Skottie Young: Reflecting on Artistic Freedom
Skottie Young is a comic book artist and writer who has worked with Neil Gaiman to illustrate several novels. Young collaborated with Eric Shanower to adapt the Wizard of Oz series into graphic novel format and drew Spider-Man, Human Torch and The New X-Men for Marvel Comics. He is currently writing and illustrating his own series, I Hate Fairyland, for Image Comics. Young lives in Illinois with his wife, two sons and two dogs.
You've adapted fairytale-themed comics with Neil Gaiman (Fortunately, the Milk) and with Eric Shanower (The Wonderful Wizard of Oz series). What drew you to the genre?
I grew up watching Labyrinth and The Dark Crystal and reading The Neverending Story and the Oz books. Then, somewhere along the way, Marvel approached me and said, "Hey, we thought it would be cool to adapt the Wizard of Oz novels." I started there, and it just never stopped.
Let's talk about your artistic approaches. How does your process differ when adapting scripts for Neil Gaiman and Eric Shanower from working on your own material?
Well, working with Neil was really interesting because that was him handing over the manuscript, and me really just going through it with a highlighter and finding all the things I wanted to draw in that book. He was an amazing collaborator. When I'd show him drawings, he'd say, "Brilliant!" There was never any "No, not that way" or "No, not this way." It was my interpretation, and he loved it. It was simple.
The I Hate Fairyland comics are my dream come true. It's me playing pretend on paper with no one else's input, and it doesn't get better than that.
Writer and illustrator Molly Ostertag has said that once she told her own stories, there was no going back to doing art for other writers.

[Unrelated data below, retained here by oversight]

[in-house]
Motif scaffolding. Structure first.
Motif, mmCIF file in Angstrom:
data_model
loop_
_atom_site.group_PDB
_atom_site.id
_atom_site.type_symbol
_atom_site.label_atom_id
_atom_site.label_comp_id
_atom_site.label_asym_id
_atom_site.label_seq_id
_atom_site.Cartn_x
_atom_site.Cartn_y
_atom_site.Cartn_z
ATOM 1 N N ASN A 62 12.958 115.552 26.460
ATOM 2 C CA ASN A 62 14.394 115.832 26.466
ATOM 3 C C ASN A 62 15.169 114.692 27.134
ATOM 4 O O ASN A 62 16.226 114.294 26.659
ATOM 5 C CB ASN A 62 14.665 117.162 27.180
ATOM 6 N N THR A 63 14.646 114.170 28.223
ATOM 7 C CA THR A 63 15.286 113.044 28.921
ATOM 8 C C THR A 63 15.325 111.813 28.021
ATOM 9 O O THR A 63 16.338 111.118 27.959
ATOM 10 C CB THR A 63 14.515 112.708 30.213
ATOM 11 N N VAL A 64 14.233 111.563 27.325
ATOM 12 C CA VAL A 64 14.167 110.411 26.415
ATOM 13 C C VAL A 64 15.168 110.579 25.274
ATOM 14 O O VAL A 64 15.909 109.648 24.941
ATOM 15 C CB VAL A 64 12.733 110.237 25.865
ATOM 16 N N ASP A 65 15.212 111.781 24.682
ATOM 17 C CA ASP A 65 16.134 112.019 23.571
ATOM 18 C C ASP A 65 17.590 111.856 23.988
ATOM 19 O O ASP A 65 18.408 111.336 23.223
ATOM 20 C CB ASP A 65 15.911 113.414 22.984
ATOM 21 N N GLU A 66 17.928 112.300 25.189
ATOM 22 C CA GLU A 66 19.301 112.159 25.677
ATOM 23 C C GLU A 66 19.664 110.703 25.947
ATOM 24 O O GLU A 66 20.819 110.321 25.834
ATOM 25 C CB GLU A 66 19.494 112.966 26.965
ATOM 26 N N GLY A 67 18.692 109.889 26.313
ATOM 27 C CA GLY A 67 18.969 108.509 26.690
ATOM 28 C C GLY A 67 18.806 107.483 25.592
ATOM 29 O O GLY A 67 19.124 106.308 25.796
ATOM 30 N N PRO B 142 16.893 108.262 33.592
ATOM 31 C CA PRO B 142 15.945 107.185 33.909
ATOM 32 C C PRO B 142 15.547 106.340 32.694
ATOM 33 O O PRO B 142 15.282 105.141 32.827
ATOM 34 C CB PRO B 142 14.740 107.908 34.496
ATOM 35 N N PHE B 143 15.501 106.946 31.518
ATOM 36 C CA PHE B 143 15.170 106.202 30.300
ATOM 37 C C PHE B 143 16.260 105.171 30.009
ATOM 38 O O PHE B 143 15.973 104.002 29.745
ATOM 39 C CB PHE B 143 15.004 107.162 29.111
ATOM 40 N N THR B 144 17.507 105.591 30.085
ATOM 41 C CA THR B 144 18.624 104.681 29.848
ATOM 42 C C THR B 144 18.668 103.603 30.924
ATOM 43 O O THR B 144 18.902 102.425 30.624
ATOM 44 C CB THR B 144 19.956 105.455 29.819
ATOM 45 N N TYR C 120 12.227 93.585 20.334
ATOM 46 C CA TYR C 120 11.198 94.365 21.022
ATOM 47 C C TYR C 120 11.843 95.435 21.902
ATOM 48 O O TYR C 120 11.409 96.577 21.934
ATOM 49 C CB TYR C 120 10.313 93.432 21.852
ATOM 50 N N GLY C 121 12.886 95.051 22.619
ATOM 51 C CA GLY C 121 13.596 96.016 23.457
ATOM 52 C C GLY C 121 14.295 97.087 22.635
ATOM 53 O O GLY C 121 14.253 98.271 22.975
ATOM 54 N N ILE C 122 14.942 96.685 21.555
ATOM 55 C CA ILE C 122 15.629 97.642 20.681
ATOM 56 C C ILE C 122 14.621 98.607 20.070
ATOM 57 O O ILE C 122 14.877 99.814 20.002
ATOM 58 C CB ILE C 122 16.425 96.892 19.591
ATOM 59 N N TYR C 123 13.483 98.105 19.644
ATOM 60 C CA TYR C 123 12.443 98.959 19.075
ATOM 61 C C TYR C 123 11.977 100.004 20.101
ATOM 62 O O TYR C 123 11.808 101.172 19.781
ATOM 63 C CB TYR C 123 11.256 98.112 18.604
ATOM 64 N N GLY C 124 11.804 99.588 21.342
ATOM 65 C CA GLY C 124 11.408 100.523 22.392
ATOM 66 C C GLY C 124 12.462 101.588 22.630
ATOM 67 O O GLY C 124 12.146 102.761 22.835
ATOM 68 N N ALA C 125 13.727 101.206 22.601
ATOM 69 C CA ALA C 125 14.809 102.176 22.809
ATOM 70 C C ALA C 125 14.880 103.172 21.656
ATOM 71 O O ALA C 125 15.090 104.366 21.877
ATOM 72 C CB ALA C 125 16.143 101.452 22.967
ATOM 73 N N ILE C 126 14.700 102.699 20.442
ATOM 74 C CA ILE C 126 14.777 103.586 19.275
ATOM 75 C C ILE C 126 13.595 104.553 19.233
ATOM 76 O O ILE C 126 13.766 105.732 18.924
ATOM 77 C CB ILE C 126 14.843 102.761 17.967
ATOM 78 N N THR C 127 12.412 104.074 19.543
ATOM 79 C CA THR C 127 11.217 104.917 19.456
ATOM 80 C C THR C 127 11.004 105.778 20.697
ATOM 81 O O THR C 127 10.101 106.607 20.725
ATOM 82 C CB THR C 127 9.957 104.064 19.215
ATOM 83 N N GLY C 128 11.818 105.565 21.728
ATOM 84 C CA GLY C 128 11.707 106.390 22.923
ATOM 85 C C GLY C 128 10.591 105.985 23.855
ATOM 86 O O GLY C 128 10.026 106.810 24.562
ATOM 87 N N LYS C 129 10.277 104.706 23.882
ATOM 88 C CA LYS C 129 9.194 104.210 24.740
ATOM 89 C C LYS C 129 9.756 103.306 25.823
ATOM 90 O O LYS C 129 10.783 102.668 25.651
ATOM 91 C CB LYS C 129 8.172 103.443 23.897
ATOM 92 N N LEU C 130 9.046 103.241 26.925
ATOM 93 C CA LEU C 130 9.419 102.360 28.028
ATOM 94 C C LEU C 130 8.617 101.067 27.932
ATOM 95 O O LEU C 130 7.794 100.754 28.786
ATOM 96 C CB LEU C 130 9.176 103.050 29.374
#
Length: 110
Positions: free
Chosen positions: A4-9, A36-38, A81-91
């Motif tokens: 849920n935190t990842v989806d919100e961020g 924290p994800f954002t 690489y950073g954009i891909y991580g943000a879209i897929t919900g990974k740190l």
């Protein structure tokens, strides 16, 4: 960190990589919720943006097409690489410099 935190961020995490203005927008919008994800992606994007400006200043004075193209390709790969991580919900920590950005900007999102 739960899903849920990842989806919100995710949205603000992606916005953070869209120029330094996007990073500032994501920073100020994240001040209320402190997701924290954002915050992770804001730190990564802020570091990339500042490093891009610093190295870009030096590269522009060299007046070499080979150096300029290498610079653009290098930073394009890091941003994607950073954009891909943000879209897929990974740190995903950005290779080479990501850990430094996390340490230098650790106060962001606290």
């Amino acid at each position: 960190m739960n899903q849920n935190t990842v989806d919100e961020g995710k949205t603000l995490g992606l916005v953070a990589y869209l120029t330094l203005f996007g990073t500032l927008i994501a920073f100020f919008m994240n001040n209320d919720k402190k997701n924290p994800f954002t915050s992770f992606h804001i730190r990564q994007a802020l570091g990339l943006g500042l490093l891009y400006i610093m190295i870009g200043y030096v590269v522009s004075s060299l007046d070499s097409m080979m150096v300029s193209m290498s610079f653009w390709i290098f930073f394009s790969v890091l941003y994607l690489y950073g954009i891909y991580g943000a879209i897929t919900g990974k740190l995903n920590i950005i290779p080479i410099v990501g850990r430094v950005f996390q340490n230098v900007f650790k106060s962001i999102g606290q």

Oh yes, for sure. Illustrating a novel is a little different because there is less drawing there and, again, it really depends. Neil is one of my favorite authors, so that's a whole other ball game than spending three or four years working with another writer after you've written your own stuff in comics. I can't go back now that I've done it all. I write and I draw these stories of mine, and that's what I'm going to do forever.
Even if Neil comes knocking on your door?
Not for a comic. It takes a long time to produce comics, so you really need it to be exactly what you intended. The best way for that to happen is for me to write it.
And how does the process on I Hate Fairyland differ from the superhero comics you've done?
It's freedom because it's mine. In a company like Image there is no oversight, there are no rules, and you can do whatever you want. That's the biggest difference. At Marvel, there's a brand they need to protect. It's on kids' shoes, backpacks, it's in movie theaters. That's a business all unto itself. When you decide to play a part in that, you have to respect it. I liken it to being able to take a Jeep onto an open field and drive however you like. Working on superheroes is like going out on a road with orange traffic cones. You're driving the car, and you're in control to a certain degree, but you're still being told where to go and where not to go. It's a difference in freedom, really.
How do you approach a typical issue of Fairyland?
The theme of the issue occurs to me first. When I finally get that, I usually sit in a room and think, "Oh, I want to do a samurai issue! How would I do that? What's that story? What kind of land would she go into? Oh, mushrooms have a samurai-esque feel, like a hat, so I'll start playing around with that." Then I write an initial script. Once I have a general concept, I write a full script for myself. That way I can get the jokes and the timing right, understand the pacing and dive into the drawing. That's where I spend the bulk of the time.
Would you let your kids read Fairyland?
My youngest is almost two and my oldest will be eight, so probably not yet, but soonish. It's definitely an ornery teen book.
Do you have any other projects in the hopper?
There is one other book that I've been chipping away at, but I can't say too much yet. I operate under this theme that if you tell your stories before you write them, your brain thinks you've told it and so your urgency to tell it is gone. --Nancy Powell, freelance writer and technical consultant